Considered demons by those lucky enough to survive them, the Xenomorphs wipe out 90 percent of the population on the once thriving planet of Ataegina in Aliens: Phalanx, the latest book by author Scott Sigler (Earthcore). Described as "300 meets Aliens," Aliens: Phalanx is out now from Titan Books, and we caught up with Sigler in our latest Q&A feature to discuss taking a different approach to the Alien franchise by placing this story in an ancient setting without modern technology, drawing from real-life pre-industrial civilizations to help shape the world of Ataegina, and raising the stakes to a near-extinction level by populating Aliens: Phalanx with tens of thousands of Xenomorphs.
Can you talk about your first introduction / experience with the Alien franchise?
Scott Sigler: I saw Aliens in the theatre when it first came out. I was blown away. The storytelling style immediately impacted my own, and has continued to be the primary influence on my work ever since. I consider the movie a masterpiece.
Can you tell our readers about the story behind your upcoming book, Aliens: Phalanx?
Scott Sigler: Aliens: Phalanx is an attempt to take the classic elements of the franchise, but remove some of the tropes we’ve come to rely upon. What if you are faced with xenomorphs, but there is no place to hide? There are no pulse rifles or grenade launchers? There is no escape shuttle to reach before the engines go critical? When there is no way to nuke them from orbit, because there are no nukes?
It is also an exploration into a larger population of xenos. Sure, one or two or three are a bad day indeed, but what about one thousand? What about ten thousand? That is many, many bad days, the kind that can lead to the extinction of the human race.
It seems to have a distinct medieval influence. Can you talk about your inspiration for the setting and story, and your desire to take things in a different direction?
Scott Sigler: This is also part of removing the tropes we’ve come to rely on in this universe. We got guns! We got bad-ass marines with growly voices! We got spaceships! We got Weyland-Yutani! I love all of those elements, but when you remove them, you’re left with characters that have to face the greatest predator in the universe in a very up-close and personal way.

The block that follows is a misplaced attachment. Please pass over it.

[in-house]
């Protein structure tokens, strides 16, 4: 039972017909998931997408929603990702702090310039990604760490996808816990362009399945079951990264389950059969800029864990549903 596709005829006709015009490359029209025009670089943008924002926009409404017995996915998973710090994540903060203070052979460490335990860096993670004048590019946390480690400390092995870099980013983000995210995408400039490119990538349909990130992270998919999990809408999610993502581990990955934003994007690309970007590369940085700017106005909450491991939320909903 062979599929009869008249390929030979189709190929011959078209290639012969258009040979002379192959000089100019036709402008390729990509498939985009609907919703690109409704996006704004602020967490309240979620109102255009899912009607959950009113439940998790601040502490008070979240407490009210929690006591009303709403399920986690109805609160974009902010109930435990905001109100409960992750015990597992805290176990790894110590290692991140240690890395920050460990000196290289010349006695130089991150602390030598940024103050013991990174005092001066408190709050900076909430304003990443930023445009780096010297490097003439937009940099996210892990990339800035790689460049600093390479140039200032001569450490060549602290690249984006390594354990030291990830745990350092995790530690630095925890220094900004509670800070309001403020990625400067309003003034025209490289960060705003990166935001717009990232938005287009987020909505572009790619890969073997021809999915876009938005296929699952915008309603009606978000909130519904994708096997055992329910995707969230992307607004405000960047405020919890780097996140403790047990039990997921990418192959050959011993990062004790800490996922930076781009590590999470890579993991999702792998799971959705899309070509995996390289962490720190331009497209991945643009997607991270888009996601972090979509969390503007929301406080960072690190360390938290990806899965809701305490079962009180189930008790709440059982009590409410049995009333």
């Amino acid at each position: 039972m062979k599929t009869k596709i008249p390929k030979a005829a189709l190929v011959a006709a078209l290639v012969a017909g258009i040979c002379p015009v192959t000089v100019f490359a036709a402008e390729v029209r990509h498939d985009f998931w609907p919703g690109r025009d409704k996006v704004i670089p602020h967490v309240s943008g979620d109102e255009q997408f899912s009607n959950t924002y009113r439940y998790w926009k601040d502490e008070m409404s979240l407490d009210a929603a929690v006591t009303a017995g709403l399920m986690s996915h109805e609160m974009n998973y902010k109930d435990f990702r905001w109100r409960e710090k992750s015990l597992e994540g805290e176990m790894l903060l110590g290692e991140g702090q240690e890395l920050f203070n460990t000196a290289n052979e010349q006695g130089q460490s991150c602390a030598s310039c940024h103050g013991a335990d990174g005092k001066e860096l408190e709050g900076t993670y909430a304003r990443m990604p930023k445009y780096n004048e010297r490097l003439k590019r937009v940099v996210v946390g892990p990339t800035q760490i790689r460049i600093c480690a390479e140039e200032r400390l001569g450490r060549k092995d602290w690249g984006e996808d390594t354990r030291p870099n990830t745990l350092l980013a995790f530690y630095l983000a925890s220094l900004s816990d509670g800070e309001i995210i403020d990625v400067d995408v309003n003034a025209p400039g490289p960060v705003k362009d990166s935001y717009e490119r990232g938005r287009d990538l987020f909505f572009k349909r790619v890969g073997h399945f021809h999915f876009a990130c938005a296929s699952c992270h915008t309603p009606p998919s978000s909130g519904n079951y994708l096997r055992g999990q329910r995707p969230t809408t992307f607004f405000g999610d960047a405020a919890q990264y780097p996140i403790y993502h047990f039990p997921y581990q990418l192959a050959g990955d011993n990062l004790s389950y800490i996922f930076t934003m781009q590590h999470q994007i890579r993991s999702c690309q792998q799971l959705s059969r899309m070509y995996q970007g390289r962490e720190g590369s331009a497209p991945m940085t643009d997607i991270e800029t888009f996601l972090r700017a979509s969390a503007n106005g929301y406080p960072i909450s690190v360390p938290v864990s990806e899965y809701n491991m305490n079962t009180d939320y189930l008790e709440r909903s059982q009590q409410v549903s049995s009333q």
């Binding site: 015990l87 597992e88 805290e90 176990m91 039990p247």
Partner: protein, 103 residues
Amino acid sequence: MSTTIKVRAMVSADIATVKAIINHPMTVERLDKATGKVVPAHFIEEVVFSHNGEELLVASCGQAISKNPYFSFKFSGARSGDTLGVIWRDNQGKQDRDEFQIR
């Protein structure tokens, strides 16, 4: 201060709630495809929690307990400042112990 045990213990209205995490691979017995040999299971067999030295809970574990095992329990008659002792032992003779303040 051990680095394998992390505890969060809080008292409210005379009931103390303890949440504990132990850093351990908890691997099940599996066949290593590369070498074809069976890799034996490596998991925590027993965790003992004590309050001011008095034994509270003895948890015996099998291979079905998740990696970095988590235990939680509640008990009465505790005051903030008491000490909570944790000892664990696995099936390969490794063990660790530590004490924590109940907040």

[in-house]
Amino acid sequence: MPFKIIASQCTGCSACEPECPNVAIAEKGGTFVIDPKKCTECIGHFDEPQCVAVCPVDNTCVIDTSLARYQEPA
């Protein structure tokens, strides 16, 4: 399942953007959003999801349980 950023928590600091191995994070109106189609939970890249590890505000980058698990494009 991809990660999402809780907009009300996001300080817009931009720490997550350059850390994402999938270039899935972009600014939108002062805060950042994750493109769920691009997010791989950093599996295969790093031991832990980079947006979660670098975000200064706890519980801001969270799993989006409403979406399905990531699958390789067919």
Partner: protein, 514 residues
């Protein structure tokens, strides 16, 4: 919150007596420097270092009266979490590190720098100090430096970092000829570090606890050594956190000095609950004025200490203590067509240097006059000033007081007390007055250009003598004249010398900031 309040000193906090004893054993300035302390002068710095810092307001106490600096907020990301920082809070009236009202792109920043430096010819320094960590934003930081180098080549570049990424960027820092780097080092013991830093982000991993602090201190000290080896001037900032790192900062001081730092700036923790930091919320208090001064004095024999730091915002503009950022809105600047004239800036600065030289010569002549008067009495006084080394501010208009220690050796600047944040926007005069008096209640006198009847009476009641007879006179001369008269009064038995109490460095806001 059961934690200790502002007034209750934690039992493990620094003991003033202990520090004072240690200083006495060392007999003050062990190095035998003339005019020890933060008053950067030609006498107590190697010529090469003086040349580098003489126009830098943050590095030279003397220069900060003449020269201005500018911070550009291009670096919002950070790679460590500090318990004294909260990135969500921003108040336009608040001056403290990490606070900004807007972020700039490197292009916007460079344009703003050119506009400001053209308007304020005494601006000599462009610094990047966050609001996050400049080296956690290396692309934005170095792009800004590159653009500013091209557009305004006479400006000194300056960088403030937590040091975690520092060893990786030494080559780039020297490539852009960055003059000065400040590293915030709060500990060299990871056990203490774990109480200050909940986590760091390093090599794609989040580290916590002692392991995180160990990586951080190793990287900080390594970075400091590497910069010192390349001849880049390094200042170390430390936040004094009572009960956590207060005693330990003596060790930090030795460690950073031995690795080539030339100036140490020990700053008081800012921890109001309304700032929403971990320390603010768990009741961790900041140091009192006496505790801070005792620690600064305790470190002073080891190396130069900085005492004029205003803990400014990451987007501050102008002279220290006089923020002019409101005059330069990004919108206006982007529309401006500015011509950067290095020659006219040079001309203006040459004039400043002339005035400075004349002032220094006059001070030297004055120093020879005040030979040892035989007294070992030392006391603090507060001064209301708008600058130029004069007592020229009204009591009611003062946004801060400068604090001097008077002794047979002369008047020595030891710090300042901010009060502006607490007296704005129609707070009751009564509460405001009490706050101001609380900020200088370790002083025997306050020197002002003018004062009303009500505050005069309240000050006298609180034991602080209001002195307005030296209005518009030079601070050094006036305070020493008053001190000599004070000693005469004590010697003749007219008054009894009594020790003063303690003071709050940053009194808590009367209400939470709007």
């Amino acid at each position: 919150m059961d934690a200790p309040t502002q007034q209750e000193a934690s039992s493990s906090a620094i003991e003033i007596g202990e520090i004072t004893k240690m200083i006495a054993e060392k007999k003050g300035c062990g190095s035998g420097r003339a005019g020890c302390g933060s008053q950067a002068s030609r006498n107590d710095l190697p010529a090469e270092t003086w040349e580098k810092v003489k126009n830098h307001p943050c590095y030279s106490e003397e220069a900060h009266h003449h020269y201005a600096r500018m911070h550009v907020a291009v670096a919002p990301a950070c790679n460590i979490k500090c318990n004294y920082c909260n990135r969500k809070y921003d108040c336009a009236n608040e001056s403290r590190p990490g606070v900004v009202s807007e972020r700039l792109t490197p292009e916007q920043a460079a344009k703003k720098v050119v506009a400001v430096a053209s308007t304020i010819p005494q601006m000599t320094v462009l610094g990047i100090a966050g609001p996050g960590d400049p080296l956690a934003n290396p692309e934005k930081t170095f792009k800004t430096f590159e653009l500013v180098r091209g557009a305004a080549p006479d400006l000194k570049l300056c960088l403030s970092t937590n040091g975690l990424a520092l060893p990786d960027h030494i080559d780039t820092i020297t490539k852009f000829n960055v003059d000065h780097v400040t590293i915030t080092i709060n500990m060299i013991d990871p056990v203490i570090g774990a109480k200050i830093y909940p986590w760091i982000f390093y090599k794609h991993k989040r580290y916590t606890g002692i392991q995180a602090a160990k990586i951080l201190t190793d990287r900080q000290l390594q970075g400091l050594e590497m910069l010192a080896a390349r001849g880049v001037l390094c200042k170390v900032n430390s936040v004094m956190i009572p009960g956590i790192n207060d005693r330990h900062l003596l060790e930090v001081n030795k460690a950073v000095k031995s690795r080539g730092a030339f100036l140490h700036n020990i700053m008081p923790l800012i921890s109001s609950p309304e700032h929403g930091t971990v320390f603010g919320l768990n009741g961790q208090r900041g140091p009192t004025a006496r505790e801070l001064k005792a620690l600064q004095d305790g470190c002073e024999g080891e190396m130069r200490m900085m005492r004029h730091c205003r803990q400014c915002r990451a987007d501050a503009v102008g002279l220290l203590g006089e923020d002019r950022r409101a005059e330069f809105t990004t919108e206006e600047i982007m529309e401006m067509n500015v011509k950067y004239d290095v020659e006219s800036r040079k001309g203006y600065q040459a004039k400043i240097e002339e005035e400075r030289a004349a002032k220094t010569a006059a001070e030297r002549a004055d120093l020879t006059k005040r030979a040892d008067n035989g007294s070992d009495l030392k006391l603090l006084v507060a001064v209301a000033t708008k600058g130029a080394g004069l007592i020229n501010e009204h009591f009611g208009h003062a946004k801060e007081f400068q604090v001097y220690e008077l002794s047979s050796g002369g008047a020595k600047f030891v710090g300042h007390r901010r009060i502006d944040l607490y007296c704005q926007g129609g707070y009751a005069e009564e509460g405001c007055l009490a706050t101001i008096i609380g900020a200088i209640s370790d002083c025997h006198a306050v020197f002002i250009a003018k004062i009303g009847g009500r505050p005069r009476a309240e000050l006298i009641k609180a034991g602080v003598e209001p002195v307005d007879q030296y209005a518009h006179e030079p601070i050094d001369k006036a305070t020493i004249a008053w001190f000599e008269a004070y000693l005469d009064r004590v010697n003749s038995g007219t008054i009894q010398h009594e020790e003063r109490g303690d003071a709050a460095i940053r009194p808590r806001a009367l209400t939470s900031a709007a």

The word “medieval” is most often associated with Western Europe. This story has no knights, no horses, etc. This is more of a “pre-industrial” setting, with a culture drawn from times that were already ancient before medieval times even occurred.
One way to think about Phalanx is “300 meets Aliens.” This story is far more brutal than anything the franchise has seen before. There is no standing off at a distance and taking them out. You want to live? Pick up your blade, and good fucking luck.
What type of research did you have to do, when it came to pitting a less technologically advanced society against Xenomorphs?
Scott Sigler: Most of my research came via Myke Cole’s nonfiction work Legion vs. Phalanx. The book examines the battles between two world-changing military tactical styles, and gives incredible detail as to why both “legion” and “phalanx” altered the course of history.
Aliens: Phalanx draws from pre-industrial cultures, such as the Sumerians and the Greeks, as well as from the renaissance of phalanx tactics with the Swiss and the Scotts.
How do you think you'd fare in the world set from the book? Would you be among the first taken out by the Xenomorphs, or do you think you'd be part of the surviving population?
Scott Sigler: How would I fare? I’d be screwed. I’m sure I’d fight hard, but if I survived that, then there is the disease, the starvation, the thirst, the constant terror… you know, all the good things that come from the utter collapse of civilization.
Why do you feel that the Alien franchise continues to resonate with fans and thrive in comic book and book form?
Scott Sigler: It’s multi-fold. First and foremost, the common fear of having something inside of you, a living cancer that you can’t take out, that’s going to kill you. This disturbs people at a primitive level.
Second, it’s dat xeno, man. The thing that is dark, comes at you from the shadows, that is stronger than you, faster than you, and once it reaches you, you can’t defend yourself because if you kill it, its blood will probably kill you. Even the strongest, toughest fighter is essentially helpless, because there is no fighting back. Everyone is afraid of it, and the franchise does a great job of setting up those gruff, bad-ass killer marines and showing that even they are screwed. I mean, if Frost and Hicks can’t win, what chance do the rest of us grunts have?
Third, it’s the recurring theme of the destructive power of human greed vs. the unifying power of a selfless opponent. An ant doesn’t want a condo in the Caymans, and when the shit hits the fan that matters, the xenos will die without a second thought if that death advances the hive in any way. That’s why you see Weyland-Yutani in almost every property, because it is an organization driven by profit and greed. That profit motive puts people in a deadly situation they could have easily avoided if people were looking out for each other instead of for money. That message affects us, resonates with us. Humans can be absolute shits to each other, while the xenos are of one heart and one mind.
Aside from Aliens: Phalanx, what projects do you have coming up?
Scott Sigler: My novel Earthcore is ideal for Alien/Aliens fans. The book is heavily influenced by James Cameron’s storytelling style, as is my novel Ancestor. If your readers like Earthcore, the sequel, Mount Fitz Roy, is a massive 1,000+ page horror/thriller that should be out near the end of 2020. If you want blood, you got it.
For more information on Aliens: Phalanx, visit the official Titan Books website: https://titanbooks.com/70245-aliens-phalanx/